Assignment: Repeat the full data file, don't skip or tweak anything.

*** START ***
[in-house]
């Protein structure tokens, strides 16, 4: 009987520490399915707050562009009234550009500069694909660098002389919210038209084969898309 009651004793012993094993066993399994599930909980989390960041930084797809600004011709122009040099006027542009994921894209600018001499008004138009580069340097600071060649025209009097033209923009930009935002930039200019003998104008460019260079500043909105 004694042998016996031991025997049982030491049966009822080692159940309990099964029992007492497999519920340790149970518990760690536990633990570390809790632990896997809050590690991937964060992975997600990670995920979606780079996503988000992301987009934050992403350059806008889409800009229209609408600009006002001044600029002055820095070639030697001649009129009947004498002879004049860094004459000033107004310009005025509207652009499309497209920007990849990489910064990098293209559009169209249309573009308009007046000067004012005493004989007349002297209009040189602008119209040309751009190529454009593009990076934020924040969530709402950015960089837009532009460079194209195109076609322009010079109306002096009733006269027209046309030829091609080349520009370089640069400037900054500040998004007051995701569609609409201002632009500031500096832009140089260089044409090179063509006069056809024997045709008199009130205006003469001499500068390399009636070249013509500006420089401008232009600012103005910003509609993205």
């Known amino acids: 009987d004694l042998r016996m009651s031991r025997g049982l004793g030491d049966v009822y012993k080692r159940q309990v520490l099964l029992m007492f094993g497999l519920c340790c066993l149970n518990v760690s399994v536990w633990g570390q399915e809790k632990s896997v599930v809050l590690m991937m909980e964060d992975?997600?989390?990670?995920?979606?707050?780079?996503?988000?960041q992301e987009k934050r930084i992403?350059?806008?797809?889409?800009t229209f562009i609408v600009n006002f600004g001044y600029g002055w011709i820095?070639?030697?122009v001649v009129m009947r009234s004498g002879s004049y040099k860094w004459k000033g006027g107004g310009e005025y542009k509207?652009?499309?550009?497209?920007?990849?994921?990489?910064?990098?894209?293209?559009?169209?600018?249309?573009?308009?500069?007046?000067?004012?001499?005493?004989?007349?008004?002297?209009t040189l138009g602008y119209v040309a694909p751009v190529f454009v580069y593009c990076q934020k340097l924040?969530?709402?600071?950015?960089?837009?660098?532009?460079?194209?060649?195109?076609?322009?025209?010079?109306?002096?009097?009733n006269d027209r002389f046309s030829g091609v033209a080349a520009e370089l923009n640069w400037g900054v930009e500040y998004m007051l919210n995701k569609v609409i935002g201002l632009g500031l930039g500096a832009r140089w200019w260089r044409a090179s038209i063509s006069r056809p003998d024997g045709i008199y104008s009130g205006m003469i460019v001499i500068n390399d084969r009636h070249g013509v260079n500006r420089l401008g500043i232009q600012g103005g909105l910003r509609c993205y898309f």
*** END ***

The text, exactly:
[in-house]
């Protein structure tokens, strides 16, 4: 009987520490399915707050562009009234550009500069694909660098002389919210038209084969898309 009651004793012993094993066993399994599930909980989390960041930084797809600004011709122009040099006027542009994921894209600018001499008004138009580069340097600071060649025209009097033209923009930009935002930039200019003998104008460019260079500043909105 004694042998016996031991025997049982030491049966009822080692159940309990099964029992007492497999519920340790149970518990760690536990633990570390809790632990896997809050590690991937964060992975997600990670995920979606780079996503988000992301987009934050992403350059806008889409800009229209609408600009006002001044600029002055820095070639030697001649009129009947004498002879004049860094004459000033107004310009005025509207652009499309497209920007990849990489910064990098293209559009169209249309573009308009007046000067004012005493004989007349002297209009040189602008119209040309751009190529454009593009990076934020924040969530709402950015960089837009532009460079194209195109076609322009010079109306002096009733006269027209046309030829091609080349520009370089640069400037900054500040998004007051995701569609609409201002632009500031500096832009140089260089044409090179063509006069056809024997045709008199009130205006003469001499500068390399009636070249013509500006420089401008232009600012103005910003509609993205």
């Known amino acids: 009987d004694l042998r016996m009651s031991r025997g049982l004793g030491d049966v009822y012993k080692r159940q309990v520490l099964l029992m007492f094993g497999l519920c340790c066993l149970n518990v760690s399994v536990w633990g570390q399915e809790k632990s896997v599930v809050l590690m991937m909980e964060d992975?997600?989390?990670?995920?979606?707050?780079?996503?988000?960041q992301e987009k934050r930084i992403?350059?806008?797809?889409?800009t229209f562009i609408v600009n006002f600004g001044y600029g002055w011709i820095?070639?030697?122009v001649v009129m009947r009234s004498g002879s004049y040099k860094w004459k000033g006027g107004g310009e005025y542009k509207?652009?499309?550009?497209?920007?990849?994921?990489?910064?990098?894209?293209?559009?169209?600018?249309?573009?308009?500069?007046?000067?004012?001499?005493?004989?007349?008004?002297?209009t040189l138009g602008y119209v040309a694909p751009v190529f454009v580069y593009c990076q934020k340097l924040?969530?709402?600071?950015?960089?837009?660098?532009?460079?194209?060649?195109?076609?322009?025209?010079?109306?002096?009097?009733n006269d027209r002389f046309s030829g091609v033209a080349a520009e370089l923009n640069w400037g900054v930009e500040y998004m007051l919210n995701k569609v609409i935002g201002l632009g500031l930039g500096a832009r140089w200019w260089r044409a090179s038209i063509s006069r056809p003998d024997g045709i008199y104008s009130g205006m003469i460019v001499i500068n390399d084969r009636h070249g013509v260079n500006r420089l401008g500043i232009q600012g103005g909105l910003r509609c993205y898309f």